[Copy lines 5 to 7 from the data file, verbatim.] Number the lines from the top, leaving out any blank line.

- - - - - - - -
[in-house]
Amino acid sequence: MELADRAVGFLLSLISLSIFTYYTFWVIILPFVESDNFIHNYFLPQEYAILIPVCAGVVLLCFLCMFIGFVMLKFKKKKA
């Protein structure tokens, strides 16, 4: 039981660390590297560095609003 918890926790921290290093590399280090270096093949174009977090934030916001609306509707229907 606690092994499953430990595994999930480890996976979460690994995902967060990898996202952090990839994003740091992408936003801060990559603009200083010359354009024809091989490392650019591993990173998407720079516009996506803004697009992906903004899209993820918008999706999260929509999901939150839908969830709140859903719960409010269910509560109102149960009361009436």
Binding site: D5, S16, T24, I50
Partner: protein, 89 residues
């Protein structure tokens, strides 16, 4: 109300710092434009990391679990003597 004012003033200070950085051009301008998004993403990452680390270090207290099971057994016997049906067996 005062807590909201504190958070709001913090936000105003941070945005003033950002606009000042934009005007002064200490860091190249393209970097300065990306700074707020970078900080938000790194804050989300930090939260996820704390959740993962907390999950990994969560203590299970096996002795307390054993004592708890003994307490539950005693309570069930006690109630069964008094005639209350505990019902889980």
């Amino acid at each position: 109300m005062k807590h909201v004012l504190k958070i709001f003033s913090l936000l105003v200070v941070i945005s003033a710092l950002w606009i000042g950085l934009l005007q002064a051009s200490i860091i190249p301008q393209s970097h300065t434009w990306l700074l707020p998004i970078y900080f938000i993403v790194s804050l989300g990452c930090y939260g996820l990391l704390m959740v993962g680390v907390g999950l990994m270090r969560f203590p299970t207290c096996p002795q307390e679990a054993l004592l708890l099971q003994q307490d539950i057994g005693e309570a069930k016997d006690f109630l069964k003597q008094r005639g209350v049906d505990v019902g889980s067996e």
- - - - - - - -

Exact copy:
Partner: protein, 89 residues
């Protein structure tokens, strides 16, 4: 109300710092434009990391679990003597 004012003033200070950085051009301008998004993403990452680390270090207290099971057994016997049906067996 005062807590909201504190958070709001913090936000105003941070945005003033950002606009000042934009005007002064200490860091190249393209970097300065990306700074707020970078900080938000790194804050989300930090939260996820704390959740993962907390999950990994969560203590299970096996002795307390054993004592708890003994307490539950005693309570069930006690109630069964008094005639209350505990019902889980």
């Amino acid at each position: 109300m005062k807590h909201v004012l504190k958070i709001f003033s913090l936000l105003v200070v941070i945005s003033a710092l950002w606009i000042g950085l934009l005007q002064a051009s200490i860091i190249p301008q393209s970097h300065t434009w990306l700074l707020p998004i970078y900080f938000i993403v790194s804050l989300g990452c930090y939260g996820l990391l704390m959740v993962g680390v907390g999950l990994m270090r969560f203590p299970t207290c096996p002795q307390e679990a054993l004592l708890l099971q003994q307490d539950i057994g005693e309570a069930k016997d006690f109630l069964k003597q008094r005639g209350v049906d505990v019902g889980s067996e």